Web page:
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Analgesic ingestion and other factors preceding relapse in ulcerative colitis.
  1. D S Rampton,
  2. N I McNeil,
  3. M Sarner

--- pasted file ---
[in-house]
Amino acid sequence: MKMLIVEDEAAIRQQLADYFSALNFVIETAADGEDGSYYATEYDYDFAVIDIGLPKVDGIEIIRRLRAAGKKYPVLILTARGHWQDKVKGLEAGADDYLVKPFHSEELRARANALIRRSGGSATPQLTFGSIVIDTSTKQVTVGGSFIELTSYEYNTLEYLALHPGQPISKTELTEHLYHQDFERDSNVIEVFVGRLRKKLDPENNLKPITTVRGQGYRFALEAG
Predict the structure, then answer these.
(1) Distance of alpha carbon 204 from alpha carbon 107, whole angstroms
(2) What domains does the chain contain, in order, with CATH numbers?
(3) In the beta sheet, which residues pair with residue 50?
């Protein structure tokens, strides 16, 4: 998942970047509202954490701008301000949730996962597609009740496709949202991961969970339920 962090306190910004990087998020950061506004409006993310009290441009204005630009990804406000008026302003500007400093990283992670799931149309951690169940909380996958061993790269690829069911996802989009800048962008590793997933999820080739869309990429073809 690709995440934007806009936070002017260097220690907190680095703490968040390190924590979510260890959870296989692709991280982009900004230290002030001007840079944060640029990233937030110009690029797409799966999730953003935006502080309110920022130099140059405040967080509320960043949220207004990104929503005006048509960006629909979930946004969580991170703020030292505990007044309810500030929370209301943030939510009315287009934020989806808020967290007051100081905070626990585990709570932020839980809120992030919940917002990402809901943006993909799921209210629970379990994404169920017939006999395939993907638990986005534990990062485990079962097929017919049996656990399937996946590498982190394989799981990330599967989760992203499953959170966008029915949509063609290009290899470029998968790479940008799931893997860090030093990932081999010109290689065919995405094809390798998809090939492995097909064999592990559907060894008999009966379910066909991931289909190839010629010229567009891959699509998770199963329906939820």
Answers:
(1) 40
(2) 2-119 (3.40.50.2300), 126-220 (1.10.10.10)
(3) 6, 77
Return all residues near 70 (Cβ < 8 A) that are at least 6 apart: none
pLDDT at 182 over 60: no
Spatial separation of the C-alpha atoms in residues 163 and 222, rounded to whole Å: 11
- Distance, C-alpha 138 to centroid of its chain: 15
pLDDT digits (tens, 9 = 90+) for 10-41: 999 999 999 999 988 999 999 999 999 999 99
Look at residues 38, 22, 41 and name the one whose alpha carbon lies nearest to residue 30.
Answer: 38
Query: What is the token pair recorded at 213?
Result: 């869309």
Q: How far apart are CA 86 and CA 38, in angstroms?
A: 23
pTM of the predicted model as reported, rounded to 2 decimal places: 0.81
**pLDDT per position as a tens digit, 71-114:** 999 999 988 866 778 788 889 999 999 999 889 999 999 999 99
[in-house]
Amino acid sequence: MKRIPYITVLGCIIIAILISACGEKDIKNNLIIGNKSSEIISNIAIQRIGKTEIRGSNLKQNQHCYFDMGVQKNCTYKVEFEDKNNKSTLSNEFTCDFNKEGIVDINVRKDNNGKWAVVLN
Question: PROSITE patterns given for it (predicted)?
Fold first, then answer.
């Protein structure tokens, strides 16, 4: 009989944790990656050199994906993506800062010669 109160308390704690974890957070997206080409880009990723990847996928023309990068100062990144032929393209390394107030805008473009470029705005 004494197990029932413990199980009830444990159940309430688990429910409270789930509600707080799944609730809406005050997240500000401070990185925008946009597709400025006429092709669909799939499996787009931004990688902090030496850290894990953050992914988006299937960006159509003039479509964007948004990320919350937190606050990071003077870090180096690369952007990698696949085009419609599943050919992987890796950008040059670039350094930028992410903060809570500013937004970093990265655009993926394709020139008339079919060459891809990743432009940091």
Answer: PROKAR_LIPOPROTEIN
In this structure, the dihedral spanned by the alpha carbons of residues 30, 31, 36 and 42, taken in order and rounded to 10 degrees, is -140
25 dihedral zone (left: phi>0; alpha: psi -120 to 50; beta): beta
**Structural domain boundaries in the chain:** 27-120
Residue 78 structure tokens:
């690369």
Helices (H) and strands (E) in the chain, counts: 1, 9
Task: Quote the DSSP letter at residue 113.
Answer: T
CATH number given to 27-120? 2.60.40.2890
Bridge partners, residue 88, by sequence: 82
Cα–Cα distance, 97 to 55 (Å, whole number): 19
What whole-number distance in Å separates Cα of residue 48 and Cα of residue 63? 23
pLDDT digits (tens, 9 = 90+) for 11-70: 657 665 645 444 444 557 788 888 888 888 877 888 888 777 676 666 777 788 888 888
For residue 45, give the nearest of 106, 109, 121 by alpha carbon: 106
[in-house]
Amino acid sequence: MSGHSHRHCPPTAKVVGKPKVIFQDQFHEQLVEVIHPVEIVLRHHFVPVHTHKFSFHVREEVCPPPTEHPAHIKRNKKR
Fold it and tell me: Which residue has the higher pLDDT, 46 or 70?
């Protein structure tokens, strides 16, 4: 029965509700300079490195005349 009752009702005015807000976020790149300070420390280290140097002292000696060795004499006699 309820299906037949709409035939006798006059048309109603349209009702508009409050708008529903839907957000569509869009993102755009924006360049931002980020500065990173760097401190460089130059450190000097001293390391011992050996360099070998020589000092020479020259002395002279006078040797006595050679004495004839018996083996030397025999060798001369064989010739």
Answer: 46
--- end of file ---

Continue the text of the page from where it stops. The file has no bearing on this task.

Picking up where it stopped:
To investigate factors which predispose to relapse in patients with ulcerative colitis, we conducted a survey to compare the events occurring in the four weeks preceding the clinic attendance of 62 outpatients in remission with those taking place in the same period before the onset of relapse in 21 patients attending with active disease. The only event which occurred significantly more often in patients who subsequently relapsed was ingestion of paracetamol and other inhibitors of prostaglandin synthesis (76% (16/21) relapse vs 39% (24/62) remission, p less than 0 . 01). Recent upper respiratory tract infection (38% vs 26%) was not significantly more common in patients in relapse than in remission, and emotional stress, atopic events, antibiotic treatment, dietary indiscretions, foreign travel, and gastroenteritis were relatively rare in both groups. The surprisingly high prevalence of analgesic ingestion before relapse itself requires confirmation but does lend indirect support to the theory that colonic mucosal prostaglandin deficiency induces relapse in some patients with ulcerative colitis.

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